Being pushed too soon can result in a sense of failure for your child and frustration for you.

If you are introducing your child to skiing, no matter how coordinated and confident your child is, flying down the hill at top speed without learning some basic techniques, is not an option.

Consider the use of a ski harness so you can move down the hill together with your child, safely.

Psychological readiness is equally as important.

Some children are just naturally “fearless” and will try anything with great enthusiasm. These children need to be taught the importance of safety and maintaining awareness of the environment around them.

Other children are more naturally cautious and approach new things, especially physical activities with fear and resistance.
Pushing a cautious child too hard or teasing them can feel frightening and demeaning to them.

Some children just need to move slowly into new activities. They will learn at their own pace and comfort level.
Whether your children are super enthusiastic or cautious and hesitant, limit the structured teaching time you have with them. Learning a new skill is fun, but it’s also stressful.

Again, if you are unsure that your child will like an activity, consider buying “play” versions of the equipment to try in a safe and familiar environment such as your backyard or a local park.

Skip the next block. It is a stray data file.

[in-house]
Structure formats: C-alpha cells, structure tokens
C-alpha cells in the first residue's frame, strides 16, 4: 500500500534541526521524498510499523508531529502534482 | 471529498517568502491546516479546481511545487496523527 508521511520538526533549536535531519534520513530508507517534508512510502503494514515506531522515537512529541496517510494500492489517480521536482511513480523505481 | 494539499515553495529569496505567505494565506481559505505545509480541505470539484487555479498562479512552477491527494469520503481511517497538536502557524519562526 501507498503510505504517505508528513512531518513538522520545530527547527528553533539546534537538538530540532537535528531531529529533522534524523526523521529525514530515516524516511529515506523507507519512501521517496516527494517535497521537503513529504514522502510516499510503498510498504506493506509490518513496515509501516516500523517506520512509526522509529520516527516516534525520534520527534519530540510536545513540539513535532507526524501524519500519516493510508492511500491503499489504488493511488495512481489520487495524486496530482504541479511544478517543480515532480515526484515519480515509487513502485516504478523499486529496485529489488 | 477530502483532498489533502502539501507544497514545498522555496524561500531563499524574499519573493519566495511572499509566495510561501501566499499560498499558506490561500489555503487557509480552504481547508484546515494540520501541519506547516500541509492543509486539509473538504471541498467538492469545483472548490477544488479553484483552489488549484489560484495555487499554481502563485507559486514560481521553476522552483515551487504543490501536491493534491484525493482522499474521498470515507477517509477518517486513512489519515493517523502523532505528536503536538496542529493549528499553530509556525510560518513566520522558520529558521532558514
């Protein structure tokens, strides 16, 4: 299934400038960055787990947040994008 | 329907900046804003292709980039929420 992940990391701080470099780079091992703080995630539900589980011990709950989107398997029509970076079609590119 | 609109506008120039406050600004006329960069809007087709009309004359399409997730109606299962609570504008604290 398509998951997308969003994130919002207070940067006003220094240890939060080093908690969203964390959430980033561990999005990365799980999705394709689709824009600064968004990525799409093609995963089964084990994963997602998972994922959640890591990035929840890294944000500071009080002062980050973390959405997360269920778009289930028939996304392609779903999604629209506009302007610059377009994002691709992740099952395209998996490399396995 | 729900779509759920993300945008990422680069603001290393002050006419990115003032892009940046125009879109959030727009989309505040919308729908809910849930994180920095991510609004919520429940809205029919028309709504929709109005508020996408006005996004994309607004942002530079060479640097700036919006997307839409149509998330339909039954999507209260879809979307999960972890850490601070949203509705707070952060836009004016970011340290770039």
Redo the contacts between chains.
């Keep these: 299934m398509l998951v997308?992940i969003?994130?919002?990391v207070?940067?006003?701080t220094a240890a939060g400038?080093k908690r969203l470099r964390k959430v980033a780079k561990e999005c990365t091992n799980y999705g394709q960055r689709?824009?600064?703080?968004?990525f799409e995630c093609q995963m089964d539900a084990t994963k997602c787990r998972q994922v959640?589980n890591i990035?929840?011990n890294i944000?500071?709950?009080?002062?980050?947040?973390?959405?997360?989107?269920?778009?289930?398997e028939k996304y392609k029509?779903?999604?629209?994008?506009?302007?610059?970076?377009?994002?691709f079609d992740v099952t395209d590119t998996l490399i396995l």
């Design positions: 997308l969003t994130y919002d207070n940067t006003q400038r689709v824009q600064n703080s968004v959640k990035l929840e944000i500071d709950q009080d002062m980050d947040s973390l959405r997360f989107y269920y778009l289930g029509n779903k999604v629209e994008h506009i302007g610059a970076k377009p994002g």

With play skis,  snowshoes, and bob-skates, your child can wear his or her own comfy, friendly winter boots. This is psychologically more comfortable.
Allow your children to have lots of free play time in the snow, so they enjoy and appreciate being outdoors.

Being respectful of individual differences in children, even within the same family, will help to ensure that your child has safe, non-threatening first experiences with the winter sports that you love.

It may take years but before you know it, they will be relaxed and capable, and together you’ll all be engaged in your well-loved sport as a family.

Judy Banfield

I’m Judy Banfield and I’m here to help you feel better about yourself as a person and more confident and secure as a parent.

In my 30+ years of working with babies, young children and parents, I have learned that valuing and treasuring and deeply knowing yourself gives you the foundation to more confidently and joyfully, love, treasure, teach and guide your children.

This Post Has One Comment

  1. What a beautiful article on right timing, building self-esteem and setting up our children for success. Though our little boy is still so tiny, I can already see the relevance of being mindful and attuning to his natural style of being in the world. He used to love baths than became fearful because of a loud echoing sneeze recently. We waited a few days before re-introducing him to the bath, changed the environment with indirect dimmed lighting (he loves little lights) and some relaxing music. We aligned bath time with an alert playful state on his part and an energized yet relaxed mood on our part. I think he felt safe again and somewhere, respected for the individual he is with preferences and legitimate feelings. We will transfer the wisdom of this experience as you counsel, to any new activity including Winter fun. Thank you.